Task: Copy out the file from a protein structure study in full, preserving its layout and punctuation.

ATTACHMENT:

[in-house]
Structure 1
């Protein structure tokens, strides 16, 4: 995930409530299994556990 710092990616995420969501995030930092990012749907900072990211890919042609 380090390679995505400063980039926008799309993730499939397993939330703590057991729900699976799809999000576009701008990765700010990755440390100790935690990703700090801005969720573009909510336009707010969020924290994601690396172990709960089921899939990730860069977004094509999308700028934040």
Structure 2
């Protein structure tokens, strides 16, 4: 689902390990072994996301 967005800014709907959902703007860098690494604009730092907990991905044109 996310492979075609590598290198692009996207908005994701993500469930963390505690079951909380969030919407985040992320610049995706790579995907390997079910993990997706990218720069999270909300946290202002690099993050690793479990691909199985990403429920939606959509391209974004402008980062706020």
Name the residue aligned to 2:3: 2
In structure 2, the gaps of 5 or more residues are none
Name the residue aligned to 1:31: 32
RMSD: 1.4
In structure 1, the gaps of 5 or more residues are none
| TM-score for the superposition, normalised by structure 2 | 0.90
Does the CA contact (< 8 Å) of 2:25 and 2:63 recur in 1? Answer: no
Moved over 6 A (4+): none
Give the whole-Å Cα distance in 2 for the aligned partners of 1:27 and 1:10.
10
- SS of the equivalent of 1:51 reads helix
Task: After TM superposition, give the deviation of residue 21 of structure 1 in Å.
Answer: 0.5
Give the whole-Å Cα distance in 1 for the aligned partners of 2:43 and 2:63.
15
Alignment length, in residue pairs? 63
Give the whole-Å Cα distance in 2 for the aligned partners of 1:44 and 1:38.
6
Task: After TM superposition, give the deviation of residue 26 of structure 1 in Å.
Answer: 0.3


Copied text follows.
[in-house]
Structure 1
């Protein structure tokens, strides 16, 4: 995930409530299994556990 710092990616995420969501995030930092990012749907900072990211890919042609 380090390679995505400063980039926008799309993730499939397993939330703590057991729900699976799809999000576009701008990765700010990755440390100790935690990703700090801005969720573009909510336009707010969020924290994601690396172990709960089921899939990730860069977004094509999308700028934040």
Structure 2
């Protein structure tokens, strides 16, 4: 689902390990072994996301 967005800014709907959902703007860098690494604009730092907990991905044109 996310492979075609590598290198692009996207908005994701993500469930963390505690079951909380969030919407985040992320610049995706790579995907390997079910993990997706990218720069999270909300946290202002690099993050690793479990691909199985990403429920939606959509391209974004402008980062706020």
Name the residue aligned to 2:3: 2
In structure 2, the gaps of 5 or more residues are none
Name the residue aligned to 1:31: 32
RMSD: 1.4
In structure 1, the gaps of 5 or more residues are none
| TM-score for the superposition, normalised by structure 2 | 0.90
Does the CA contact (< 8 Å) of 2:25 and 2:63 recur in 1? Answer: no
Moved over 6 A (4+): none
Give the whole-Å Cα distance in 2 for the aligned partners of 1:27 and 1:10.
10
- SS of the equivalent of 1:51 reads helix
Task: After TM superposition, give the deviation of residue 21 of structure 1 in Å.
Answer: 0.5
Give the whole-Å Cα distance in 1 for the aligned partners of 2:43 and 2:63.
15
Alignment length, in residue pairs? 63
Give the whole-Å Cα distance in 2 for the aligned partners of 1:44 and 1:38.
6
Task: After TM superposition, give the deviation of residue 26 of structure 1 in Å.
Answer: 0.3